What Has Economics to Say about Racial Discrimination?
AbstractRacial discrimination pervades every aspect of a society in which it is found. It is found above all in attitudes of both races, but also in social relations, in intermarriage, in residential location, and, frequently, in legal barriers. It is also found in levels of economic accomplishment; that is, income, wages, prices paid, and credit extended. It is natural to suppose that economic analysis can cast light on the economic effects of racial discrimination. But the pervasiveness of the phenomenon must give us pause. Can a phenomenon manifest everywhere in the social world really be understood, even in only one aspect, by the tools of a single discipline? I want to explore here the scope and limits of ordinary economic analysis for understanding racial discrimination even in markets.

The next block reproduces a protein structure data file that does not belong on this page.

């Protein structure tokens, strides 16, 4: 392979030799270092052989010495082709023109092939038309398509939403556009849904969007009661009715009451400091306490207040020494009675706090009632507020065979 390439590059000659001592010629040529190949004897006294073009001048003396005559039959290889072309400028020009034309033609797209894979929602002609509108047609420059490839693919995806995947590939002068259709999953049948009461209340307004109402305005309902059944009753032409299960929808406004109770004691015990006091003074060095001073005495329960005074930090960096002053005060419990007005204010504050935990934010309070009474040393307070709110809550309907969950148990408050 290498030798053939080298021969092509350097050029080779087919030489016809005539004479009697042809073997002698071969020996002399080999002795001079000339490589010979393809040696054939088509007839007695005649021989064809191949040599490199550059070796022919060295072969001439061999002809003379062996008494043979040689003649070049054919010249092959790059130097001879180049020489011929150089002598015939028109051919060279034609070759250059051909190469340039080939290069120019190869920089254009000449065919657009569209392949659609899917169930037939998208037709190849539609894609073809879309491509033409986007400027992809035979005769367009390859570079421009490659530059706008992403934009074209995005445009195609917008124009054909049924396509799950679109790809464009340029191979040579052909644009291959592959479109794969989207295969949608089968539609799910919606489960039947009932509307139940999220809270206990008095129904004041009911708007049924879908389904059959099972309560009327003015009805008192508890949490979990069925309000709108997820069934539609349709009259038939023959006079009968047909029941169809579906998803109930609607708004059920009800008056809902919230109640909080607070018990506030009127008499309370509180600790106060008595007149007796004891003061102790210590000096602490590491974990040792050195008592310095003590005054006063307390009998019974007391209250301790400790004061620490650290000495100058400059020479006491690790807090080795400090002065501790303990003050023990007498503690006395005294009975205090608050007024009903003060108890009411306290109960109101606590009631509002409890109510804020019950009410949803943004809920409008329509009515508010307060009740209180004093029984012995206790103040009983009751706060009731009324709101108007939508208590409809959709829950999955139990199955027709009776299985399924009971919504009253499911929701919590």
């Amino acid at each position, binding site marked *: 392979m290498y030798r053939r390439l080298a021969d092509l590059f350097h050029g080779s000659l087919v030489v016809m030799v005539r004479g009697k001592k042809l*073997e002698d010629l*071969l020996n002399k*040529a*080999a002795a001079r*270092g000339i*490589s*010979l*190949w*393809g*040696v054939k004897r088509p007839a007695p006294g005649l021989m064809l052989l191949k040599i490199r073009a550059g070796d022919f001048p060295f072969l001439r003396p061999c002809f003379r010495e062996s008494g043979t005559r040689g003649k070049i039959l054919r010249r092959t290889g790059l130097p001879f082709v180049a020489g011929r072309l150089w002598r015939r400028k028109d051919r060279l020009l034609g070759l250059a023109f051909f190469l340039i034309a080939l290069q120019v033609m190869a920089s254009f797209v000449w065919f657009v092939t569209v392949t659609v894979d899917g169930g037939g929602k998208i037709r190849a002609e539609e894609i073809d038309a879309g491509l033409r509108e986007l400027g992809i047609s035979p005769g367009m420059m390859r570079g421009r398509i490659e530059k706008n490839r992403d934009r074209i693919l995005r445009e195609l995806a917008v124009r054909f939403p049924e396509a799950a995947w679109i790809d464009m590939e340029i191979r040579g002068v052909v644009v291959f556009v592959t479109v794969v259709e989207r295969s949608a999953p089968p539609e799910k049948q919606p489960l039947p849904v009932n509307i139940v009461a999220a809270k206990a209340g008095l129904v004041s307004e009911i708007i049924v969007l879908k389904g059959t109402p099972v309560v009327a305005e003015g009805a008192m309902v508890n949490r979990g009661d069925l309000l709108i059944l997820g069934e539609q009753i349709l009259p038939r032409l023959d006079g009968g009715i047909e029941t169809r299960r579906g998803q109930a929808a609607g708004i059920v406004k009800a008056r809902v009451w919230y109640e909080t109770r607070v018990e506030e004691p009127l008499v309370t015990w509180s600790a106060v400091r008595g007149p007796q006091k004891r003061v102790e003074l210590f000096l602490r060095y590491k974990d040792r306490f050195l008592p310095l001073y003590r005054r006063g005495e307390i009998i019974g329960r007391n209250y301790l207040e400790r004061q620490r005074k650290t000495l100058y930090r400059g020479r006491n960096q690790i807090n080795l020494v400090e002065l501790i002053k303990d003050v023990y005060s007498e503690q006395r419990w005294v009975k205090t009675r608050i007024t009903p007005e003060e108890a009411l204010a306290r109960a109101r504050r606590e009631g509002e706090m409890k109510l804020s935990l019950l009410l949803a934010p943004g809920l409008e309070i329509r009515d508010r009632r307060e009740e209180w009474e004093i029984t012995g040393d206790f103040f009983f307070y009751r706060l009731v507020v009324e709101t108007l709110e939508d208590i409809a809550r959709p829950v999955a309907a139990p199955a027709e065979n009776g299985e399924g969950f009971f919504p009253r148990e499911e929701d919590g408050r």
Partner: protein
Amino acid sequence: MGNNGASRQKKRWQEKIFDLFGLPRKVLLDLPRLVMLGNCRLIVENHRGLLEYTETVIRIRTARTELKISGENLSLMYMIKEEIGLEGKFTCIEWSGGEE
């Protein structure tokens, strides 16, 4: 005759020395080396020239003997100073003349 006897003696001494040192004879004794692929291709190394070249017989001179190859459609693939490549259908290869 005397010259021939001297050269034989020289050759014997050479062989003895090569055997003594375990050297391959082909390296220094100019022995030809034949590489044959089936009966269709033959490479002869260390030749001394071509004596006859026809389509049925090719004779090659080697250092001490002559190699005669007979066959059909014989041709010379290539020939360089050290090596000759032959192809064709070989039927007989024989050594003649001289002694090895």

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Bibliographic InfoArticle provided by American Economic Association in its journal Journal of Economic Perspectives.
Volume (Year): 12 (1998)
Issue (Month): 2 (Spring)
Find related papers by JEL classification:
- J71 - Labor and Demographic Economics - - Labor Discrimination - - - Hiring and Firing
- J15 - Labor and Demographic Economics - - Demographic Economics - - - Economics of Minorities, Races, and Immigrants; Non-labor Discrimination
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